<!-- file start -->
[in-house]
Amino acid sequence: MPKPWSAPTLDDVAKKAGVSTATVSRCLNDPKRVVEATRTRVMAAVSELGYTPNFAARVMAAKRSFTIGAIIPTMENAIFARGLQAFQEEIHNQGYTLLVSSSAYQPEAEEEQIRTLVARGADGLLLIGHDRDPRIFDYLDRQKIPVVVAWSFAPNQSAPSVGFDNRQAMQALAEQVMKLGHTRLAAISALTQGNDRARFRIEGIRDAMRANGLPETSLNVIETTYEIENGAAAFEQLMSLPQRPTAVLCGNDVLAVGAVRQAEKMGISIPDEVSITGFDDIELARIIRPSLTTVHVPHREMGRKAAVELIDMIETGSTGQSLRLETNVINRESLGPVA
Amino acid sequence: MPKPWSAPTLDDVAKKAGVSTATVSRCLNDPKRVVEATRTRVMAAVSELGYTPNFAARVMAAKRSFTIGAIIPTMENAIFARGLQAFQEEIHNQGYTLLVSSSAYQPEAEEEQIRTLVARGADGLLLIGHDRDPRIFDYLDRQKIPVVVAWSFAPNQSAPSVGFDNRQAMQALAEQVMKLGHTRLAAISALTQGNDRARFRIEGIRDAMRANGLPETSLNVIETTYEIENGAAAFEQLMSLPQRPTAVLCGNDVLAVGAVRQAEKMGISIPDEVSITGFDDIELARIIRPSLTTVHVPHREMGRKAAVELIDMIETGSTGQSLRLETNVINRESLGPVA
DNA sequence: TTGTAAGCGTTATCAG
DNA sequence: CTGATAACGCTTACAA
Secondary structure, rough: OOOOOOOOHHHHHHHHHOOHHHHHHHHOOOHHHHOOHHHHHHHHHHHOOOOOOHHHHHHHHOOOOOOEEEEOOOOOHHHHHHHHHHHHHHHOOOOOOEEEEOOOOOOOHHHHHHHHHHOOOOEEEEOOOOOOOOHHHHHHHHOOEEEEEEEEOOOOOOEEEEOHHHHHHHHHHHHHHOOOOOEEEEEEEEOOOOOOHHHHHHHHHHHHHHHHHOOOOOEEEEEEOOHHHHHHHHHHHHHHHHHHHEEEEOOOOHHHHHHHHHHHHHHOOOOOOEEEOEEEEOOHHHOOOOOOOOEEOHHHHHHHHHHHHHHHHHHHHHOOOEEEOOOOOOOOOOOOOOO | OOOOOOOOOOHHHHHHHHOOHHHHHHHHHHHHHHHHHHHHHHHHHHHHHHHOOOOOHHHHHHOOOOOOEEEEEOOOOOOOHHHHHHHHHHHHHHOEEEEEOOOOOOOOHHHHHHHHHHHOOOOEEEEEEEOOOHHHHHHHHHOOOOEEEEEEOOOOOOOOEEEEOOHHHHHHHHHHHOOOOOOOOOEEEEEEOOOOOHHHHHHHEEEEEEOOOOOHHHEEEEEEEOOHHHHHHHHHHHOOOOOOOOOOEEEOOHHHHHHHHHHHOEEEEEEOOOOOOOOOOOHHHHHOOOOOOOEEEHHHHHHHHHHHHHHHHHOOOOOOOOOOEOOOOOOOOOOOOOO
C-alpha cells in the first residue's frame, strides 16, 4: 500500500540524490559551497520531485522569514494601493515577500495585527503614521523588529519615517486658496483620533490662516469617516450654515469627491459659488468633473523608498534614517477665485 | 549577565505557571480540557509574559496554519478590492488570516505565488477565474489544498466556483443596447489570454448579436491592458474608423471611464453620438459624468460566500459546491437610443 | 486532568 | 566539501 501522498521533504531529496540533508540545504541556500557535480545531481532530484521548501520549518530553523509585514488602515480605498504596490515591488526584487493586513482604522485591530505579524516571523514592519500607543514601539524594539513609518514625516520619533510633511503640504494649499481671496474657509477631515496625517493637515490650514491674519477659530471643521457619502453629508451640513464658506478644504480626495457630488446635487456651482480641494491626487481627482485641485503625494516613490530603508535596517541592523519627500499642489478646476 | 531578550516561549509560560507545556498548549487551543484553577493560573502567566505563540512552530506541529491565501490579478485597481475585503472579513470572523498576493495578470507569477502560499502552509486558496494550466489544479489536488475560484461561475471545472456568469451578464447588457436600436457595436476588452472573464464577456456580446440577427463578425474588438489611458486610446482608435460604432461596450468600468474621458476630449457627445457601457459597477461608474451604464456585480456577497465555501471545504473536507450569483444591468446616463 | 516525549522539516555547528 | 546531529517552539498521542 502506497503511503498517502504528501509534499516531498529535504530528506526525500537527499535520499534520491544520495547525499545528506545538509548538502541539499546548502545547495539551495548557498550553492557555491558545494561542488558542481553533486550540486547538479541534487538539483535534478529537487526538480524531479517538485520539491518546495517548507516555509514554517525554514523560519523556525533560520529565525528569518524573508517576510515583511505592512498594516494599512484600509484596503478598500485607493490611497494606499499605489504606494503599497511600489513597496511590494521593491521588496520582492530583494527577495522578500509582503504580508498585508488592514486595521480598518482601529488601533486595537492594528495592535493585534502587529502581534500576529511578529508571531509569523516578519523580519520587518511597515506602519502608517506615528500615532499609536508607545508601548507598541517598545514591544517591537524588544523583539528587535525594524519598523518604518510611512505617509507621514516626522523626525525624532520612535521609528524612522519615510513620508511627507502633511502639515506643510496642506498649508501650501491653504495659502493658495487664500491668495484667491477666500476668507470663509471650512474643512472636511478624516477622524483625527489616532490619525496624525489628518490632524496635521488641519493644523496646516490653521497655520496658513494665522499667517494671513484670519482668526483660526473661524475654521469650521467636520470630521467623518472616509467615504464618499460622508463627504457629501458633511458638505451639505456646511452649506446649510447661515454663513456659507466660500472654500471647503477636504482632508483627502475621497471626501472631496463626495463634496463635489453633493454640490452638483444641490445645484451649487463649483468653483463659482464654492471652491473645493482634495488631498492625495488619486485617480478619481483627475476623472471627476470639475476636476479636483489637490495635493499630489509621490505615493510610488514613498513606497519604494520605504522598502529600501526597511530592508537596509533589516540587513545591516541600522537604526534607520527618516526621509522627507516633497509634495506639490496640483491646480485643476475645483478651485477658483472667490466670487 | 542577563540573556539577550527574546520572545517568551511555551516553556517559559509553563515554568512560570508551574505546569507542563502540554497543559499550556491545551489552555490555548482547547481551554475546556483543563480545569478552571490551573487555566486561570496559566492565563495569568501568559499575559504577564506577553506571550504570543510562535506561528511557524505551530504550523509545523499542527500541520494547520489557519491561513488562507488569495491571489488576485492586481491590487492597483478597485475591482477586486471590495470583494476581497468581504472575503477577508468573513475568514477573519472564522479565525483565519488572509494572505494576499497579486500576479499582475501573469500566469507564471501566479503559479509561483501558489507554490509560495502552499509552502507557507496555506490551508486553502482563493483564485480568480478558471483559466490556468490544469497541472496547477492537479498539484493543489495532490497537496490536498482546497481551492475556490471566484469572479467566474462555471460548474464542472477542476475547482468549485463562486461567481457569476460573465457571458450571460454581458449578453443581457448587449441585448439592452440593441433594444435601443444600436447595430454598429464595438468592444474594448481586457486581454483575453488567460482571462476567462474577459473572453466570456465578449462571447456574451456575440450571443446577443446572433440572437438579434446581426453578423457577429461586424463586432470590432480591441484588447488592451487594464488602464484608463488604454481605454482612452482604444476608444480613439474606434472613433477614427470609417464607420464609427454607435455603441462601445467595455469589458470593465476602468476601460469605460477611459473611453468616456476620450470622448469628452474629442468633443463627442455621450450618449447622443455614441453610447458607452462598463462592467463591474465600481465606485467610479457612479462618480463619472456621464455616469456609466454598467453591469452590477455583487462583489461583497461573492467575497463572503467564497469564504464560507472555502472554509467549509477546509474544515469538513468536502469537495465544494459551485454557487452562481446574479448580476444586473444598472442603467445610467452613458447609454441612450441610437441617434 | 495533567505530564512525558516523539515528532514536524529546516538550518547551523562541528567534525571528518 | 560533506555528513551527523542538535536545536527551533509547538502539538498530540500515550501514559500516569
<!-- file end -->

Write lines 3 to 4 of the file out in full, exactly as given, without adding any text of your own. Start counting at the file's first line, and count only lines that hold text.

Amino acid sequence: MPKPWSAPTLDDVAKKAGVSTATVSRCLNDPKRVVEATRTRVMAAVSELGYTPNFAARVMAAKRSFTIGAIIPTMENAIFARGLQAFQEEIHNQGYTLLVSSSAYQPEAEEEQIRTLVARGADGLLLIGHDRDPRIFDYLDRQKIPVVVAWSFAPNQSAPSVGFDNRQAMQALAEQVMKLGHTRLAAISALTQGNDRARFRIEGIRDAMRANGLPETSLNVIETTYEIENGAAAFEQLMSLPQRPTAVLCGNDVLAVGAVRQAEKMGISIPDEVSITGFDDIELARIIRPSLTTVHVPHREMGRKAAVELIDMIETGSTGQSLRLETNVINRESLGPVA
DNA sequence: TTGTAAGCGTTATCAG